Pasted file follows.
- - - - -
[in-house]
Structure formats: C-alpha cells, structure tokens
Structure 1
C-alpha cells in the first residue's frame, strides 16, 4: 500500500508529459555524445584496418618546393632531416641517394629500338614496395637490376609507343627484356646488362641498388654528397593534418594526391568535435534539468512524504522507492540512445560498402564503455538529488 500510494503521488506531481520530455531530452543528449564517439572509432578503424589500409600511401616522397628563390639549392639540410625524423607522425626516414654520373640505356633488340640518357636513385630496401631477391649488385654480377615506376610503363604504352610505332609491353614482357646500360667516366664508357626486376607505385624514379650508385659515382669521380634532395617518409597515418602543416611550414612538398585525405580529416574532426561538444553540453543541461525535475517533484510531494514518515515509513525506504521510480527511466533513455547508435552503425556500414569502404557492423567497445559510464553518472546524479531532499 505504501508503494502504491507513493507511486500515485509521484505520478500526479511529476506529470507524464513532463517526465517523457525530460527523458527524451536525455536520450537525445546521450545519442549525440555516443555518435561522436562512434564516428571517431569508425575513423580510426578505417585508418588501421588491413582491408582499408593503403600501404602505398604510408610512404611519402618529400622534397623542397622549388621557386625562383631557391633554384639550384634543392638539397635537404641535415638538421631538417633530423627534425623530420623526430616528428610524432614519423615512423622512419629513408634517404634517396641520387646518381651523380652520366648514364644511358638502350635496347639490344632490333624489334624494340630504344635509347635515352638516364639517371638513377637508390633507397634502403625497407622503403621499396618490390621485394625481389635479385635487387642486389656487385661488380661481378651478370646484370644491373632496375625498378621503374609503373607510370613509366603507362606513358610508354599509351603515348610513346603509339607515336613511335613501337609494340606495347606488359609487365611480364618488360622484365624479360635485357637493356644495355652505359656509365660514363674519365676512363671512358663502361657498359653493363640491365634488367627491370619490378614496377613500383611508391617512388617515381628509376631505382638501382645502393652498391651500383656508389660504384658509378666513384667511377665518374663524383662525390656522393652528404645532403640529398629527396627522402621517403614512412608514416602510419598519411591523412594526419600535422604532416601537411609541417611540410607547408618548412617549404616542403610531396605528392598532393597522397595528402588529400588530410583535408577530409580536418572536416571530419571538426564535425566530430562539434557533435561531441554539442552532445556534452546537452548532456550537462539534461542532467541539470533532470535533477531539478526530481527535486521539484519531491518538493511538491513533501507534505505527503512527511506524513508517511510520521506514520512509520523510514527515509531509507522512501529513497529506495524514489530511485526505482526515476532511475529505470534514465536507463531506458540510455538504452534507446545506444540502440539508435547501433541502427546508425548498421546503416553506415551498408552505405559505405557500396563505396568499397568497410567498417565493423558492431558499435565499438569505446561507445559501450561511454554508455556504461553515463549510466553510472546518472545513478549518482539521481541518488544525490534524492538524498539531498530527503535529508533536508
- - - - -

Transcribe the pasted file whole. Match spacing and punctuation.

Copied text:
[in-house]
Structure formats: C-alpha cells, structure tokens
Structure 1
C-alpha cells in the first residue's frame, strides 16, 4: 500500500508529459555524445584496418618546393632531416641517394629500338614496395637490376609507343627484356646488362641498388654528397593534418594526391568535435534539468512524504522507492540512445560498402564503455538529488 500510494503521488506531481520530455531530452543528449564517439572509432578503424589500409600511401616522397628563390639549392639540410625524423607522425626516414654520373640505356633488340640518357636513385630496401631477391649488385654480377615506376610503363604504352610505332609491353614482357646500360667516366664508357626486376607505385624514379650508385659515382669521380634532395617518409597515418602543416611550414612538398585525405580529416574532426561538444553540453543541461525535475517533484510531494514518515515509513525506504521510480527511466533513455547508435552503425556500414569502404557492423567497445559510464553518472546524479531532499 505504501508503494502504491507513493507511486500515485509521484505520478500526479511529476506529470507524464513532463517526465517523457525530460527523458527524451536525455536520450537525445546521450545519442549525440555516443555518435561522436562512434564516428571517431569508425575513423580510426578505417585508418588501421588491413582491408582499408593503403600501404602505398604510408610512404611519402618529400622534397623542397622549388621557386625562383631557391633554384639550384634543392638539397635537404641535415638538421631538417633530423627534425623530420623526430616528428610524432614519423615512423622512419629513408634517404634517396641520387646518381651523380652520366648514364644511358638502350635496347639490344632490333624489334624494340630504344635509347635515352638516364639517371638513377637508390633507397634502403625497407622503403621499396618490390621485394625481389635479385635487387642486389656487385661488380661481378651478370646484370644491373632496375625498378621503374609503373607510370613509366603507362606513358610508354599509351603515348610513346603509339607515336613511335613501337609494340606495347606488359609487365611480364618488360622484365624479360635485357637493356644495355652505359656509365660514363674519365676512363671512358663502361657498359653493363640491365634488367627491370619490378614496377613500383611508391617512388617515381628509376631505382638501382645502393652498391651500383656508389660504384658509378666513384667511377665518374663524383662525390656522393652528404645532403640529398629527396627522402621517403614512412608514416602510419598519411591523412594526419600535422604532416601537411609541417611540410607547408618548412617549404616542403610531396605528392598532393597522397595528402588529400588530410583535408577530409580536418572536416571530419571538426564535425566530430562539434557533435561531441554539442552532445556534452546537452548532456550537462539534461542532467541539470533532470535533477531539478526530481527535486521539484519531491518538493511538491513533501507534505505527503512527511506524513508517511510520521506514520512509520523510514527515509531509507522512501529513497529506495524514489530511485526505482526515476532511475529505470534514465536507463531506458540510455538504452534507446545506444540502440539508435547501433541502427546508425548498421546503416553506415551498408552505405559505405557500396563505396568499397568497410567498417565493423558492431558499435565499438569505446561507445559501450561511454554508455556504461553515463549510466553510472546518472545513478549518482539521481541518488544525490534524492538524498539531498530527503535529508533536508